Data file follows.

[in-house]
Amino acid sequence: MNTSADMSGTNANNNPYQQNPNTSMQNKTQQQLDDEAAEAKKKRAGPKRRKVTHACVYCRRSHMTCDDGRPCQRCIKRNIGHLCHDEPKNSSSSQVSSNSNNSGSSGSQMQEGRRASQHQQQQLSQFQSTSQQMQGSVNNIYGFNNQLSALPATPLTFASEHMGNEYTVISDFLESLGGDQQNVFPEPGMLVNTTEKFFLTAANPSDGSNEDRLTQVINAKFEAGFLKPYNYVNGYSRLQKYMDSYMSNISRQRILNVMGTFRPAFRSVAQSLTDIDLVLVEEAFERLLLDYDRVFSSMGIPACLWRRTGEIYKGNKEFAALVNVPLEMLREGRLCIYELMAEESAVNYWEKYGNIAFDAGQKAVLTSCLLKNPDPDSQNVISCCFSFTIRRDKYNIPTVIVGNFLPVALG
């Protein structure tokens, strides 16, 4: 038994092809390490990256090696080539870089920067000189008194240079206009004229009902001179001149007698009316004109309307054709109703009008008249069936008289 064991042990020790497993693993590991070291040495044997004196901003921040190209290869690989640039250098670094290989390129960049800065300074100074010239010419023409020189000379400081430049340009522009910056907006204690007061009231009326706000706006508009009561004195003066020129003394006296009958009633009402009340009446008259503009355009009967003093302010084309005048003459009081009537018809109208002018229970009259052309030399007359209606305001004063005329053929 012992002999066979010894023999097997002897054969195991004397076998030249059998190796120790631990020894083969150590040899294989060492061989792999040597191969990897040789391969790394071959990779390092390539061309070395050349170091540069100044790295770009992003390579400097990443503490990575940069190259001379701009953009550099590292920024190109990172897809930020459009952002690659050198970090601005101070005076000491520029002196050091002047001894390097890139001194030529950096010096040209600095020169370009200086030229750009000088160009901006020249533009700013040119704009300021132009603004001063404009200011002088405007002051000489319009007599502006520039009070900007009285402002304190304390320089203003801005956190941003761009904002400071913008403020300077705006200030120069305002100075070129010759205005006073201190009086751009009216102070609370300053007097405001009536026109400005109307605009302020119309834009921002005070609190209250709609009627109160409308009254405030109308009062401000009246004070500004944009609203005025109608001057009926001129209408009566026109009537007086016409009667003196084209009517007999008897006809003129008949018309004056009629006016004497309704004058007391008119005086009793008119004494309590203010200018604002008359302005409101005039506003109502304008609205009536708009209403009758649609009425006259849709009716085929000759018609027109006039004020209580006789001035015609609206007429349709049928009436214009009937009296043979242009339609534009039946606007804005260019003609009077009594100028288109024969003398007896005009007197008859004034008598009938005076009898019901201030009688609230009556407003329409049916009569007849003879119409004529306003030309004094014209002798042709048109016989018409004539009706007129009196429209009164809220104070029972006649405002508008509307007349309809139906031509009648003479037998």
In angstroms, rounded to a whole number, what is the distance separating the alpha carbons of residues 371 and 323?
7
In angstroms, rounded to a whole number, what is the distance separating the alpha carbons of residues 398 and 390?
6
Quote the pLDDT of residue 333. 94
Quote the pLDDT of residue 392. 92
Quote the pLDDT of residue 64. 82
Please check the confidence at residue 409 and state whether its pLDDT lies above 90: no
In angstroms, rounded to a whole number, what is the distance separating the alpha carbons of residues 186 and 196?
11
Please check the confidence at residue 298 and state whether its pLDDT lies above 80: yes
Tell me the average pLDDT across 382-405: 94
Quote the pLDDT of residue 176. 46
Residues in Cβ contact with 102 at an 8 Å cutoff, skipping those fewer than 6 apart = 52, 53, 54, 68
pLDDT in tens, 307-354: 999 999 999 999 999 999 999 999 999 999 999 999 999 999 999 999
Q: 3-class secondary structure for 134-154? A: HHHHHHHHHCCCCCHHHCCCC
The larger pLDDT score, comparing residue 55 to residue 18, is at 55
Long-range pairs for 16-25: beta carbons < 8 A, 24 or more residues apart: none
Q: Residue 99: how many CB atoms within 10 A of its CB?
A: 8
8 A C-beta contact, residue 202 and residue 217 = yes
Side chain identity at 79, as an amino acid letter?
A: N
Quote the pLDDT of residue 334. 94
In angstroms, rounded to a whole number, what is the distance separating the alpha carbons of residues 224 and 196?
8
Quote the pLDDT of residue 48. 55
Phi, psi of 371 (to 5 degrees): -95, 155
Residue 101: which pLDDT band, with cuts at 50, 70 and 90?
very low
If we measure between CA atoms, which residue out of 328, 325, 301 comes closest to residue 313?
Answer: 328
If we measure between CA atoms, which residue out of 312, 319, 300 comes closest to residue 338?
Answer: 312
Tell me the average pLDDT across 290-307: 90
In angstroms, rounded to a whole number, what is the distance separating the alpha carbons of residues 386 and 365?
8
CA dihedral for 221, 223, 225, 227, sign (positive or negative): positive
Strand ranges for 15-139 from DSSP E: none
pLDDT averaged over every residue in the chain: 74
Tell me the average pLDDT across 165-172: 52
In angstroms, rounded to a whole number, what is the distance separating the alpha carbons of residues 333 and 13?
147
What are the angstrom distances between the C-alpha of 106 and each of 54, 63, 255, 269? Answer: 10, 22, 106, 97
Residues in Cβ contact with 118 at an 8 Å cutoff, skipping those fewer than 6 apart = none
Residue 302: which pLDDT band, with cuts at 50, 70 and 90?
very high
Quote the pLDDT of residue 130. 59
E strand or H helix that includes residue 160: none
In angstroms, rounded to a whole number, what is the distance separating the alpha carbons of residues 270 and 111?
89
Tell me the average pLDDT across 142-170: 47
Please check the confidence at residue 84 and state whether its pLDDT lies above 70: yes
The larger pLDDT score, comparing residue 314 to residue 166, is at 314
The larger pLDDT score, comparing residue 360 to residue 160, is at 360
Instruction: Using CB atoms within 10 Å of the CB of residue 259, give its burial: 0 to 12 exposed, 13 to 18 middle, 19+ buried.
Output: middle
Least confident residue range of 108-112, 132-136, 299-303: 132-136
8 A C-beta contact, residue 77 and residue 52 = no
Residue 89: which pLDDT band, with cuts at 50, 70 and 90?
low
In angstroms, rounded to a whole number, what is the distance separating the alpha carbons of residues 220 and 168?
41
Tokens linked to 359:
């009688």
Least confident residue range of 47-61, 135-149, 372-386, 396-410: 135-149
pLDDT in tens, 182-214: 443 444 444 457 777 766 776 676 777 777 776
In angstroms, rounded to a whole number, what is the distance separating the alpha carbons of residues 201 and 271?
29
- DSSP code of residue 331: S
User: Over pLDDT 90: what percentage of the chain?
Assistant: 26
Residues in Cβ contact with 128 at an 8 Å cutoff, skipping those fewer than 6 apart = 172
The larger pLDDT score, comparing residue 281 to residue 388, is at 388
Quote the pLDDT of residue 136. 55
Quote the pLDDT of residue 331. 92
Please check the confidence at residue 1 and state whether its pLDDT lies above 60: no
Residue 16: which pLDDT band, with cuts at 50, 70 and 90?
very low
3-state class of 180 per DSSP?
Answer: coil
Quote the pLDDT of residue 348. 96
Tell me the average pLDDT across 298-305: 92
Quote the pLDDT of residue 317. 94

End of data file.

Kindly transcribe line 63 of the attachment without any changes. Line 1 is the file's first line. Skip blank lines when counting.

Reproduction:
Residue 89: which pLDDT band, with cuts at 50, 70 and 90?